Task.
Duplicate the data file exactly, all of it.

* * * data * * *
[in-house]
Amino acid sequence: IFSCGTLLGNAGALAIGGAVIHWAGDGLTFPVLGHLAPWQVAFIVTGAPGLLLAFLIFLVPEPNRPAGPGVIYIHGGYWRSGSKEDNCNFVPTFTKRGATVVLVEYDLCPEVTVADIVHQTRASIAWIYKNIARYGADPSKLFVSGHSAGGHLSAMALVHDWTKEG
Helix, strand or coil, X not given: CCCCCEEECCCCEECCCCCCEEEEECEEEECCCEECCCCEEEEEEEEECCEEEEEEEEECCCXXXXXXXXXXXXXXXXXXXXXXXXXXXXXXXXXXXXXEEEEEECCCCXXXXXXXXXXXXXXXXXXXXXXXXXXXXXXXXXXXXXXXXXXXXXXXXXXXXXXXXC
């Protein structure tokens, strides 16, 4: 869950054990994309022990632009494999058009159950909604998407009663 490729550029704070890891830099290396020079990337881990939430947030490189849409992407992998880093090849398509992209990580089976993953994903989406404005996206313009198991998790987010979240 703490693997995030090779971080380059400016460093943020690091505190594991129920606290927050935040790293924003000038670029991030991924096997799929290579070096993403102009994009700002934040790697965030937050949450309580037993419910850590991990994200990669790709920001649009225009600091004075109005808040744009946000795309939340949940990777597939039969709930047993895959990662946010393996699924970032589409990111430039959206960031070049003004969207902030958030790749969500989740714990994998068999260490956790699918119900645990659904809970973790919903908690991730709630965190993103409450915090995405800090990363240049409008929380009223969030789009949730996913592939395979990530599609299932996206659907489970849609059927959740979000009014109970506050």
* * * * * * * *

[in-house]
Amino acid sequence: IFSCGTLLGNAGALAIGGAVIHWAGDGLTFPVLGHLAPWQVAFIVTGAPGLLLAFLIFLVPEPNRPAGPGVIYIHGGYWRSGSKEDNCNFVPTFTKRGATVVLVEYDLCPEVTVADIVHQTRASIAWIYKNIARYGADPSKLFVSGHSAGGHLSAMALVHDWTKEG
Helix, strand or coil, X not given: CCCCCEEECCCCEECCCCCCEEEEECEEEECCCEECCCCEEEEEEEEECCEEEEEEEEECCCXXXXXXXXXXXXXXXXXXXXXXXXXXXXXXXXXXXXXEEEEEECCCCXXXXXXXXXXXXXXXXXXXXXXXXXXXXXXXXXXXXXXXXXXXXXXXXXXXXXXXXC
């Protein structure tokens, strides 16, 4: 869950054990994309022990632009494999058009159950909604998407009663 490729550029704070890891830099290396020079990337881990939430947030490189849409992407992998880093090849398509992209990580089976993953994903989406404005996206313009198991998790987010979240 703490693997995030090779971080380059400016460093943020690091505190594991129920606290927050935040790293924003000038670029991030991924096997799929290579070096993403102009994009700002934040790697965030937050949450309580037993419910850590991990994200990669790709920001649009225009600091004075109005808040744009946000795309939340949940990777597939039969709930047993895959990662946010393996699924970032589409990111430039959206960031070049003004969207902030958030790749969500989740714990994998068999260490956790699918119900645990659904809970973790919903908690991730709630965190993103409450915090995405800090990363240049409008929380009223969030789009949730996913592939395979990530599609299932996206659907489970849609059927959740979000009014109970506050």